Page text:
China previously “sailed on” economically while other countries struggled, but the world’s second largest economy may have a difficult road ahead, according to a strategist.
“China has reached the level of development where many emerging markets typically find it tougher,” said Mark Jolley of CCB International Securities.
He pointed to the trend of deglobalisation, friction between the US and China as well as the weak global economy.
“On both sides of the Pacific, we hear a lot of wishful thinking that decoupling will promote rather than hurt domestic growth. We disagree,” Ethan Harris wrote in a BofA Global Research note published Friday.
“Decoupling is a negative sum game that hurts both countries. It means abandoning comparative advantage and stranding capital,” the global economist at Bank of America Securities added, although he acknowledged there could be “strong geopolitical and credible reasons” for decoupling .
Domestically, Beijing must also manage its troubled real estate sector, Jolley told CNBC’s “Squawk Box Asia” on Monday.
“I certainly think the economic outlook for China over the next five to 10 years is deeply challenging,” he said.
“In the past, China has sailed on while everyone else has struggled. Now China is likely to become more like other countries,” he added.
BofA’s Harris said “adverse demographics” and the limits of an export- or construction-driven economy are challenges for Beijing.
“Beyond the near-term pick-up in growth, we see ongoing downward pressure on potential or trend growth in China,” he said, pointing to a return to “more of a command economy” and concerns that it is dampening foreign investment flows.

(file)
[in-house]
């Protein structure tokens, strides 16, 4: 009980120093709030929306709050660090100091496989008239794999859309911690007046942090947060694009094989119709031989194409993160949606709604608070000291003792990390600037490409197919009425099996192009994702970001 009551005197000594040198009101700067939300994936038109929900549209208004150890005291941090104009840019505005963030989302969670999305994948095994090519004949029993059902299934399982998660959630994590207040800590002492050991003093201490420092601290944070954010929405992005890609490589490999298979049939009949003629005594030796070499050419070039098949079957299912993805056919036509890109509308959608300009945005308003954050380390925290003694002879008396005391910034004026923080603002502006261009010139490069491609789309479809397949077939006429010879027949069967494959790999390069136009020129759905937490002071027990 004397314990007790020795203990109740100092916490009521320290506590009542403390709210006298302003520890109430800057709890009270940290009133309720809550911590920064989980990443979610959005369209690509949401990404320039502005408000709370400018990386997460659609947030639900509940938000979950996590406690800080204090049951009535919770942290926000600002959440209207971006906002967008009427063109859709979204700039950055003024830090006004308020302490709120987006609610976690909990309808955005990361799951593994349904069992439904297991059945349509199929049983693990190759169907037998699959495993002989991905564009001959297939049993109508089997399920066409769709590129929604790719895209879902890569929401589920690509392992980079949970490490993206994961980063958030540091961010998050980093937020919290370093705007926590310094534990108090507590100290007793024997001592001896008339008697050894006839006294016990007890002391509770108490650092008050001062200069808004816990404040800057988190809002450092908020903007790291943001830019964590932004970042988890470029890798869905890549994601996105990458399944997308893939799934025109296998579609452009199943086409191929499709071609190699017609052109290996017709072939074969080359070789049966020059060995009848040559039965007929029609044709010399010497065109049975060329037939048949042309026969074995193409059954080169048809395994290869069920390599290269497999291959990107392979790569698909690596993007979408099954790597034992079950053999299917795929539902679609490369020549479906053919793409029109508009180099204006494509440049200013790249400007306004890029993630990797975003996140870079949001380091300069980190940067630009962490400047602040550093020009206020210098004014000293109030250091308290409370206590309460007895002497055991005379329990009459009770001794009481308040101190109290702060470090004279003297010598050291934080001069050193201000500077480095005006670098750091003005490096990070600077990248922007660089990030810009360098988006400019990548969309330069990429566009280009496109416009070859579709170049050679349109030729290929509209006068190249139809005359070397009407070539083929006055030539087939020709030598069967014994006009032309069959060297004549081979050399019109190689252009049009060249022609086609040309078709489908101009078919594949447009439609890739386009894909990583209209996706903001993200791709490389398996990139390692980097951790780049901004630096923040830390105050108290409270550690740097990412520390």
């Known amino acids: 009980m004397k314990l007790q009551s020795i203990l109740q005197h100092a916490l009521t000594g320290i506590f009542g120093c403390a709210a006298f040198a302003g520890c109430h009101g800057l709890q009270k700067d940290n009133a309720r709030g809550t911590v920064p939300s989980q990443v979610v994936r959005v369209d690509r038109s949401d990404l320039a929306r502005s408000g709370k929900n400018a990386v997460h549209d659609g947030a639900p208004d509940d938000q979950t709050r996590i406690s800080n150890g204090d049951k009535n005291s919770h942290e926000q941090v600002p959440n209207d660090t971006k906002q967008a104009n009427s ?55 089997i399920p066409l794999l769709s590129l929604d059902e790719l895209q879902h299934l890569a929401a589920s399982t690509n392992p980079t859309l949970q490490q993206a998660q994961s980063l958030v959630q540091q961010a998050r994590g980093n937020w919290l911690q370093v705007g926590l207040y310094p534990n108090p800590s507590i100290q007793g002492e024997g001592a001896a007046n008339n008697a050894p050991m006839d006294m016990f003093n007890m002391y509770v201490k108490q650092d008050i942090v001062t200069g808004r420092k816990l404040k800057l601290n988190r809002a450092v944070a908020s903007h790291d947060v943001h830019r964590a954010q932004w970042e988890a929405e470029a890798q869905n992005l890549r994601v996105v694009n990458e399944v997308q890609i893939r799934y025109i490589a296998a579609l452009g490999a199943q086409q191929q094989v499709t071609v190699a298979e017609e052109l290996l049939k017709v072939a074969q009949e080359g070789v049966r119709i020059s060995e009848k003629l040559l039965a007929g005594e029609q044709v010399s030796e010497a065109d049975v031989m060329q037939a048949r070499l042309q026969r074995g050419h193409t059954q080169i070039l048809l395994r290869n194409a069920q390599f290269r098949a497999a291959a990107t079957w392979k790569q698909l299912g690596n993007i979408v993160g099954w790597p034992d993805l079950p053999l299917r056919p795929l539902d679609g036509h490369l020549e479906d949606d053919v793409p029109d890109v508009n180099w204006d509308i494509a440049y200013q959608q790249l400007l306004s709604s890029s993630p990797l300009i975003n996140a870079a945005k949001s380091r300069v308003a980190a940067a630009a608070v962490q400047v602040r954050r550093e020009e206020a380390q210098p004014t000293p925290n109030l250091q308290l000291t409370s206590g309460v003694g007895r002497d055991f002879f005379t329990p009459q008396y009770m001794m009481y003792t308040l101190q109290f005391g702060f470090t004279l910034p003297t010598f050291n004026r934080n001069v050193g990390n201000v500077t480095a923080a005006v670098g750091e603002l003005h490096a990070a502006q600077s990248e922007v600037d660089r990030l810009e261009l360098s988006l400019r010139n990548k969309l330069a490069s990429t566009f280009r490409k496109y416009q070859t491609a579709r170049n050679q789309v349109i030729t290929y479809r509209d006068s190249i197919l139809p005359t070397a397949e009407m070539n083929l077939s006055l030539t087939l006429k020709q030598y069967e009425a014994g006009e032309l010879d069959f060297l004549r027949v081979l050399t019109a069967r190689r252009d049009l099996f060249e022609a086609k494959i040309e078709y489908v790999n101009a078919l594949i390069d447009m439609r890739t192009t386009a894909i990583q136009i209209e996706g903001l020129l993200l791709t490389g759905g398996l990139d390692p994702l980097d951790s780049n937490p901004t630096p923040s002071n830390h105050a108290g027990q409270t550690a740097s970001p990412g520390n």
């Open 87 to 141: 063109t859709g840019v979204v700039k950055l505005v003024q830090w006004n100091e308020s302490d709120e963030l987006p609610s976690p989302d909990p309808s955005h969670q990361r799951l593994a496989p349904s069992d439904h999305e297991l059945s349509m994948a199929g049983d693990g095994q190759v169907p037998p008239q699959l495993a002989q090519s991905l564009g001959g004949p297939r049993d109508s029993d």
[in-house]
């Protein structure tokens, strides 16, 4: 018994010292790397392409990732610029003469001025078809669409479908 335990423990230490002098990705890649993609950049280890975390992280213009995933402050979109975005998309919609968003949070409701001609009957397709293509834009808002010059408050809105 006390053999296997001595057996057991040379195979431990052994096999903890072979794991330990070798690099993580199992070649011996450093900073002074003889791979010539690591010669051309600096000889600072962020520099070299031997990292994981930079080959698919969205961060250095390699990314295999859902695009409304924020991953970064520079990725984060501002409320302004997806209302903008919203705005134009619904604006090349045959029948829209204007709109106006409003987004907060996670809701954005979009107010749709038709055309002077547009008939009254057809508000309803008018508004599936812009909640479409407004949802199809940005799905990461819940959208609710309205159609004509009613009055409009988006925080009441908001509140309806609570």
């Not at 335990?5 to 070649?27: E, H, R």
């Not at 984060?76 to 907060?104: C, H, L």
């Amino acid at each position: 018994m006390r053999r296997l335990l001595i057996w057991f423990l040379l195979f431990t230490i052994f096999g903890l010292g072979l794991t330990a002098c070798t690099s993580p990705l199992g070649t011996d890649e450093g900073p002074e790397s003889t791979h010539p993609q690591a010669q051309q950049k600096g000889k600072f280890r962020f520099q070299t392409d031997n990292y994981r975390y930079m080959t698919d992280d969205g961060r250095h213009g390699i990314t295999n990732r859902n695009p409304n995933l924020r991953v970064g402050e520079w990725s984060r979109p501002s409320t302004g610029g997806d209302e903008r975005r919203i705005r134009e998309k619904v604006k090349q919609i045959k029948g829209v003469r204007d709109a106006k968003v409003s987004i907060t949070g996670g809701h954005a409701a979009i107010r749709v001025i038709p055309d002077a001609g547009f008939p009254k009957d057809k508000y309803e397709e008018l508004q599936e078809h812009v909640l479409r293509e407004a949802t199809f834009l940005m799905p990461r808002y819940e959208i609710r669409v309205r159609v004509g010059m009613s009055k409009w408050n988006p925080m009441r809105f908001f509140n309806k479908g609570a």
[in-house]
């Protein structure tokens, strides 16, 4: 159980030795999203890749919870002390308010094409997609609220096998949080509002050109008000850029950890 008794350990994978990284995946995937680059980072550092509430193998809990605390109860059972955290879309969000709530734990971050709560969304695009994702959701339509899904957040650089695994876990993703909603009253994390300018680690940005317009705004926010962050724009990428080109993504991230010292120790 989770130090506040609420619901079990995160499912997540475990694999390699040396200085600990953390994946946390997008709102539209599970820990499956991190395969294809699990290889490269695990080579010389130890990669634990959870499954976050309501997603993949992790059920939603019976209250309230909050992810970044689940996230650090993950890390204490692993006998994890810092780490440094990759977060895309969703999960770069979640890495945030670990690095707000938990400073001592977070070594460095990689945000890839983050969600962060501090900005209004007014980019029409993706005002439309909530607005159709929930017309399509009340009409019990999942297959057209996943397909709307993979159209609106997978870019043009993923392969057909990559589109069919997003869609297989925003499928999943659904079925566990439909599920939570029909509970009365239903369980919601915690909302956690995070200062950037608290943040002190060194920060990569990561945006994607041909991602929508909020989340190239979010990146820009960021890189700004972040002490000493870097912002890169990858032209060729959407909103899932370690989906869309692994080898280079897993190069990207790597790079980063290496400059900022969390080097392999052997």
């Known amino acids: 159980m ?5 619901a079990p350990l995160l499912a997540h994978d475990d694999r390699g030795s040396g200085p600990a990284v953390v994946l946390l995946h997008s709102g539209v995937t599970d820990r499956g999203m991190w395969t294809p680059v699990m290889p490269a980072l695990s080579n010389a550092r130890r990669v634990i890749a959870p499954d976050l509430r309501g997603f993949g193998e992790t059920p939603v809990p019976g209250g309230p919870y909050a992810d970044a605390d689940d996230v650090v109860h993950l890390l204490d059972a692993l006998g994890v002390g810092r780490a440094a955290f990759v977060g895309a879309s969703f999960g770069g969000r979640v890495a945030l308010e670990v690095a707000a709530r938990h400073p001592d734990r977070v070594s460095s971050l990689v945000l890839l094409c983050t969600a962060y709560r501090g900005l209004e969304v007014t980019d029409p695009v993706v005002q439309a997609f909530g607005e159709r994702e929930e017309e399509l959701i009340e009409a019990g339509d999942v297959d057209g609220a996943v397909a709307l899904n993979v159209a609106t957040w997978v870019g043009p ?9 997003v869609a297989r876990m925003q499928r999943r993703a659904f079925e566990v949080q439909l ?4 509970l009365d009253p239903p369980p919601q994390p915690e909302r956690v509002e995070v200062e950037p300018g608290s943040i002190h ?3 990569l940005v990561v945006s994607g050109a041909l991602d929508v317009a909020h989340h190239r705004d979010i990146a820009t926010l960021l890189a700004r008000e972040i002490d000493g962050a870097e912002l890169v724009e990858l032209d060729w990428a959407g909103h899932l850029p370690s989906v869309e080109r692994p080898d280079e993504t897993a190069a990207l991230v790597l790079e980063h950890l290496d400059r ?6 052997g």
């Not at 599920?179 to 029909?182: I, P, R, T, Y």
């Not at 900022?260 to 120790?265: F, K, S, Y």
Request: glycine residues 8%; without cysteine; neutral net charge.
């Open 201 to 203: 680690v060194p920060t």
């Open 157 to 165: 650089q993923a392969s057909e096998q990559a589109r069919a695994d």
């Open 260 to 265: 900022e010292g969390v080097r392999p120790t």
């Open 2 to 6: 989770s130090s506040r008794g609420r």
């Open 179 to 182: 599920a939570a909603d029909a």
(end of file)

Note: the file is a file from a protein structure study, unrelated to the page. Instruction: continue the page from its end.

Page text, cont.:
That said, Jun Bei Liu, a portfolio manager at Tribeca Investment Partners, said 2023 will be a “pretty good year” for China, as the economy is expected to lift strict Covid measures and decline in domestic consumption.
“Compared to the rest of the world [where the] consumer is going to struggle over the next 12 months, China is going to be the shining spot,” she told CNBC’s “Squawk Box Asia.”
The sell-off in Chinese tech stocks presents a “tremendous” opportunity, she said, although she cautioned that investors need to be aware of changes in income redistribution policies.
“You just have to be very selective in what you choose – focus on businesses and sectors that [are] not so much policy-driven, because that’s probably where most of the risk lies,” she said.
— CNBC’s Evelyn Cheng contributed to this report.